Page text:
So much for a clarifying vote on Brexit.
In yet another jolt to the historic divorce, UK Prime Minister Theresa postponed the first Parliamentary vote this week on a proposed detailing the UK’s departure from the European Union. May wants more time to convince skeptical members of Parliament to sign on to her deal.
Even with the postponement, to outsiders it looks like May is betting everything on one decision. But experts say that rarely of this magnitude, such high stakes moves are part and parcel of being a world-class leader, whether in government or the private sector. “The bigger the decision, the larger risks,” says Peter Cave-Gibbs, Korn Ferry’s regional market leader for global technology markets, EMEA.
Such decisions happen, he says, because leaders can move an organization only so far using small tweaks. “Long-term business strategy is when bold bets need to get made,” he says. But administering changes usually means you can't be quite sure where things will end: the outcome is uncertain.
It takes, obviously, some courage, but leaders can’t be reckless, says Mary Macleod, a Korn Ferry senior client partner and head of the firm’s Government & Public Enterprise practice in London. Macleod, a one-time MP herself, says that May’s big bet is still a calculated one. “She’s done homework, research, and analysis,” she says. That’s something that happens in business all the time. It is also true that any major undertaking will run into opposition that requires a change in tactics to get the job done.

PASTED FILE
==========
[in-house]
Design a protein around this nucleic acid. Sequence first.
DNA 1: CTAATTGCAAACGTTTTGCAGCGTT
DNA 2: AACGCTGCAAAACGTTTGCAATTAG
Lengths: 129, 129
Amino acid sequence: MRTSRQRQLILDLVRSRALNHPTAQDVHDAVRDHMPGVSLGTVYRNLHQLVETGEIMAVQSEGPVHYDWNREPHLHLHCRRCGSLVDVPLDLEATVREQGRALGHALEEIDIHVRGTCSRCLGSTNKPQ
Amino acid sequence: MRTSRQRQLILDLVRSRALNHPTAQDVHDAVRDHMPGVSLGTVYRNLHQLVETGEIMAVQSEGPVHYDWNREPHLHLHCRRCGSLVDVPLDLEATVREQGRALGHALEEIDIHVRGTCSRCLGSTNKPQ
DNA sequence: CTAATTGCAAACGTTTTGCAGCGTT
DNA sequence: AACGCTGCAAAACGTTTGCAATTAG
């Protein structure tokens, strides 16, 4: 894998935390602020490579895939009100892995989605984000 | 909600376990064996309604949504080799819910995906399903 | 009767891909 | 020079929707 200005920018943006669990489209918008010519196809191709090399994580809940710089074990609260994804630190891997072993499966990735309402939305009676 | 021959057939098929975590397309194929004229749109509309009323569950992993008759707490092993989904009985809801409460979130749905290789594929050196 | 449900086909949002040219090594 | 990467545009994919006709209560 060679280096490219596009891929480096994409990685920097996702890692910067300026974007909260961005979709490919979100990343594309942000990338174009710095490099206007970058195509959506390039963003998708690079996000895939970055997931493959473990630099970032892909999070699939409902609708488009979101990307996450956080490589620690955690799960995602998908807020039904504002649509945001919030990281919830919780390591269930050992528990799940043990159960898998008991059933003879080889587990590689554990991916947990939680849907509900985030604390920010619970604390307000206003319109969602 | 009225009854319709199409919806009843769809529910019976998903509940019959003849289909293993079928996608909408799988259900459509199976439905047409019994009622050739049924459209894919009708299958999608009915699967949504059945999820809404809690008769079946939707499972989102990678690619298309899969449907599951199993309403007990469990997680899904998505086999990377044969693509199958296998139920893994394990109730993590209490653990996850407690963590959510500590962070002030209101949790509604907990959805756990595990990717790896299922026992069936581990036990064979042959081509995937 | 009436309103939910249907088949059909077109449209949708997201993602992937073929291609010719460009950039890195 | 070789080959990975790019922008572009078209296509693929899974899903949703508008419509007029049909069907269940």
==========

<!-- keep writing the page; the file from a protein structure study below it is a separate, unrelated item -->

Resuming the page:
Interestingly, bold moves don’t always surround the leader’s original will—they may be brought on by other stakeholders. In her case, May voted to remain in the EU, but when she became Prime Minister she pledged to carry out the will of the people. “In Theresa May’s case, integrity was central to what she has offered as a leader all along,” says Kirsta Anderson, a Korn Ferry senior client partner and global solution leader for the firm’s Culture Transformation practice in London